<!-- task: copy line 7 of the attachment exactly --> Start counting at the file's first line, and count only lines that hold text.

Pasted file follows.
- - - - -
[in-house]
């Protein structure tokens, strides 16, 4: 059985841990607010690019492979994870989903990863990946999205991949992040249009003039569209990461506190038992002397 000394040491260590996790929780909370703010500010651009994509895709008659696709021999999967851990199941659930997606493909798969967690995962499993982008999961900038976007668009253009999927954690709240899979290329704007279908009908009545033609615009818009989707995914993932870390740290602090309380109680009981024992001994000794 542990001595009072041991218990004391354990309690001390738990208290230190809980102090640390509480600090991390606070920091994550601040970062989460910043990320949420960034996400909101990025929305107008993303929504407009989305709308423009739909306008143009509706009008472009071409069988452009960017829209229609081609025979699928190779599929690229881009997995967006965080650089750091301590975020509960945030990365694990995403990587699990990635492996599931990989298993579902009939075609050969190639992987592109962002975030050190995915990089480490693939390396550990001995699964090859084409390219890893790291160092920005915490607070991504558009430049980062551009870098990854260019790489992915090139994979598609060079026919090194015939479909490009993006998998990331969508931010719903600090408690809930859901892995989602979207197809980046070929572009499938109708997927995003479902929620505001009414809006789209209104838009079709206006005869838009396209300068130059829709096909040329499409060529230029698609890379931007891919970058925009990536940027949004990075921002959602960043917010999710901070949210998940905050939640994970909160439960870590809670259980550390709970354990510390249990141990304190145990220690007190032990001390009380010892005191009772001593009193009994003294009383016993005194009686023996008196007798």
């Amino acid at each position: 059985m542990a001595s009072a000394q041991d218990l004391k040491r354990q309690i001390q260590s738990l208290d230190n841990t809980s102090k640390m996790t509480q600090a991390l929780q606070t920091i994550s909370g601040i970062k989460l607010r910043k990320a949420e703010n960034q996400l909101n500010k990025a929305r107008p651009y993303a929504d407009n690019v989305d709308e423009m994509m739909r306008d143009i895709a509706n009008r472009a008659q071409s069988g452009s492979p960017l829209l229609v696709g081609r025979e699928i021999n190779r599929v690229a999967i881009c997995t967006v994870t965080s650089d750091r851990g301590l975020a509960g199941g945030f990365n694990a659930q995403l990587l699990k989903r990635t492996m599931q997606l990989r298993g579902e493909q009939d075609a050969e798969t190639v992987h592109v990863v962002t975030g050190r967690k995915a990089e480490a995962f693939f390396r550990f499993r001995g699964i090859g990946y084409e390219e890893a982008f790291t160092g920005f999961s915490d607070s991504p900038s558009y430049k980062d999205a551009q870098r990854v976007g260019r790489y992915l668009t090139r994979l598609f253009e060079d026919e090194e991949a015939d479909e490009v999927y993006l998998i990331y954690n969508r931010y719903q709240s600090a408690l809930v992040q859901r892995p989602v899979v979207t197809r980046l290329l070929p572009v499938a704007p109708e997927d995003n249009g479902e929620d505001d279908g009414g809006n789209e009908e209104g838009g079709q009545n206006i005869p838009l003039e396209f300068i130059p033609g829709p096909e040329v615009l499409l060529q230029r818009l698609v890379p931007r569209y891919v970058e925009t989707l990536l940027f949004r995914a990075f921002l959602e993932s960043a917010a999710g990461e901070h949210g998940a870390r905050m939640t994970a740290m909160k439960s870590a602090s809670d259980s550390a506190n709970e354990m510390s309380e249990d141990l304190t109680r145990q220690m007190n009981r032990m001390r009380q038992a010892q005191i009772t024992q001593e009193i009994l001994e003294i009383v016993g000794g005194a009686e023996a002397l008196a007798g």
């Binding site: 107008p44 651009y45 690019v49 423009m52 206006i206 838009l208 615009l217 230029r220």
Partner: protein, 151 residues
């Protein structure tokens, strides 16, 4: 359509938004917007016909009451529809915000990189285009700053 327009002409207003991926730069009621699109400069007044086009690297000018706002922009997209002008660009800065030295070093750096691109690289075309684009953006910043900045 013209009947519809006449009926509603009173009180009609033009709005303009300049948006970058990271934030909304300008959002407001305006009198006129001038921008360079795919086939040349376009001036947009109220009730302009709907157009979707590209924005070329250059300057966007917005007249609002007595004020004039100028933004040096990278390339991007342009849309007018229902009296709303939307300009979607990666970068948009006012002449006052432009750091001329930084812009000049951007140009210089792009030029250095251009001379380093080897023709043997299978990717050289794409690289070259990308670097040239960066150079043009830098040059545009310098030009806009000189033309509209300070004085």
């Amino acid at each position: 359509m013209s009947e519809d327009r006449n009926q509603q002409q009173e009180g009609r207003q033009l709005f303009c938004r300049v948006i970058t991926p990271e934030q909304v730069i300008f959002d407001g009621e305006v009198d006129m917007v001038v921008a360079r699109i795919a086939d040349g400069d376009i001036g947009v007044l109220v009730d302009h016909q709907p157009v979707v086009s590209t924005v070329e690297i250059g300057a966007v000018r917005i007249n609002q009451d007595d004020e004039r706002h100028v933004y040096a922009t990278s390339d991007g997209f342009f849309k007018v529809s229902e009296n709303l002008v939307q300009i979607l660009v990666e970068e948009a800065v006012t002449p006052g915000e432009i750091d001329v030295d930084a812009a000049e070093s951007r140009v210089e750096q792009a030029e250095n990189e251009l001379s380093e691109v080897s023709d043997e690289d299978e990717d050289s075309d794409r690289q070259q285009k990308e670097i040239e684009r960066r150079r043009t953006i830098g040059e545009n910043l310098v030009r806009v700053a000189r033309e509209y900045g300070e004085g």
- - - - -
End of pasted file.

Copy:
């Amino acid at each position: 359509m013209s009947e519809d327009r006449n009926q509603q002409q009173e009180g009609r207003q033009l709005f303009c938004r300049v948006i970058t991926p990271e934030q909304v730069i300008f959002d407001g009621e305006v009198d006129m917007v001038v921008a360079r699109i795919a086939d040349g400069d376009i001036g947009v007044l109220v009730d302009h016909q709907p157009v979707v086009s590209t924005v070329e690297i250059g300057a966007v000018r917005i007249n609002q009451d007595d004020e004039r706002h100028v933004y040096a922009t990278s390339d991007g997209f342009f849309k007018v529809s229902e009296n709303l002008v939307q300009i979607l660009v990666e970068e948009a800065v006012t002449p006052g915000e432009i750091d001329v030295d930084a812009a000049e070093s951007r140009v210089e750096q792009a030029e250095n990189e251009l001379s380093e691109v080897s023709d043997e690289d299978e990717d050289s075309d794409r690289q070259q285009k990308e670097i040239e684009r960066r150079r043009t953006i830098g040059e545009n910043l310098v030009r806009v700053a000189r033309e509209y900045g300070e004085g």